This review raises the question of how long any software in the
commercial Linux space is going to last if it doesn't come with a
GUI. Everyone agrees Linux could use some serious accounting
software, but how well is that software going to do when it comes
in a tarball and its sole dependency seems to be ncurses?
One longstanding type of application often described as
"The Thing Linux Needs" is the accounting system. Considerable
variation exists in what people would like to see included in an
accounting system. Most notably, they want something Gooey and
Friendly, intended for personal finance, reminiscent of Intuit's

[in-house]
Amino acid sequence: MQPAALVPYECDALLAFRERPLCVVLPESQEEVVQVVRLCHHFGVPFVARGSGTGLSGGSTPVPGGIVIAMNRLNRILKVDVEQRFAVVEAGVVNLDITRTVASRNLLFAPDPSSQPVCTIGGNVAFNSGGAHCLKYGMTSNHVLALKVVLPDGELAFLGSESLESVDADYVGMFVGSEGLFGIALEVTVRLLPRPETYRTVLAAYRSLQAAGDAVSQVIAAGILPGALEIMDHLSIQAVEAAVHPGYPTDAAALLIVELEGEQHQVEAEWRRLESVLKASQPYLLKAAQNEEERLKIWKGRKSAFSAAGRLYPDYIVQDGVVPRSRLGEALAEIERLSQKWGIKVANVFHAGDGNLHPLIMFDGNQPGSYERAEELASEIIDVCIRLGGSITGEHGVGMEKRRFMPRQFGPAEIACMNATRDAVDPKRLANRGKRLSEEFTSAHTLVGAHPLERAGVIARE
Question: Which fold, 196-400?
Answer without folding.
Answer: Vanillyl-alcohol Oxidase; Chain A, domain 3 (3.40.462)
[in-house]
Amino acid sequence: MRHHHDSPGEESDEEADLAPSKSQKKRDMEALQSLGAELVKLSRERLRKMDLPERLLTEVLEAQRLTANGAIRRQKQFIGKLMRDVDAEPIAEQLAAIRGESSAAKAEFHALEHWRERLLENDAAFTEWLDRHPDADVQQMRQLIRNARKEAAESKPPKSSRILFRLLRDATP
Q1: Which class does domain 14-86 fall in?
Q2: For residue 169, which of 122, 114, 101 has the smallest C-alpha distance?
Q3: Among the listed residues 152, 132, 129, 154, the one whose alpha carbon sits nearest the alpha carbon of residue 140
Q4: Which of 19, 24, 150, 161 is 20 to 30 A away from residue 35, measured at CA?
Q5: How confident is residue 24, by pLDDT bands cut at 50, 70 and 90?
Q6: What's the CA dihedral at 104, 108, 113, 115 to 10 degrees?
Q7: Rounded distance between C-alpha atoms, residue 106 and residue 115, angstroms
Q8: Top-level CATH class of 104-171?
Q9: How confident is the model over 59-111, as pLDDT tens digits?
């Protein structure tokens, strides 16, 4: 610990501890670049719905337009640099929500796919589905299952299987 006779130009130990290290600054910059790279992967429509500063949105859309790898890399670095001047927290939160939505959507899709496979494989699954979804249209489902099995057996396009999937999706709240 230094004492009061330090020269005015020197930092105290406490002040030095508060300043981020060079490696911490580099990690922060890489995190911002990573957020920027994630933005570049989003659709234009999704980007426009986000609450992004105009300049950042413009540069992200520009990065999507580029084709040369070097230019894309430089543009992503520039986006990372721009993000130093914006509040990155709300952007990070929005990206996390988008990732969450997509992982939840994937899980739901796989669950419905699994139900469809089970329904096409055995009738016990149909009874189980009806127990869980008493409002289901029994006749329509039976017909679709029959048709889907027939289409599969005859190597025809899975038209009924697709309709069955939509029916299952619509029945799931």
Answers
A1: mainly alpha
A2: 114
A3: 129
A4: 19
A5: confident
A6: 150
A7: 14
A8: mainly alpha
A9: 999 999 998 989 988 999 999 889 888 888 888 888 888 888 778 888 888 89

Quicken or Microsoft Money; or they want something Gooey and
Friendly, intended for business finance, reminiscent of Intuit's
QuickBooks or PeachTree Accounting. From its advertising, you might
expect the Linux General Ledger (LGL) to be a program more like the
latter than the former.
I ordered it and, a few days later, had the minor surprise of
finding a floppy disk in my mailbox. LGL doesn't use warm'n'fuzzy
packaging tools; it's basically a tarball, readily dropped into
place wherever you may want to put it.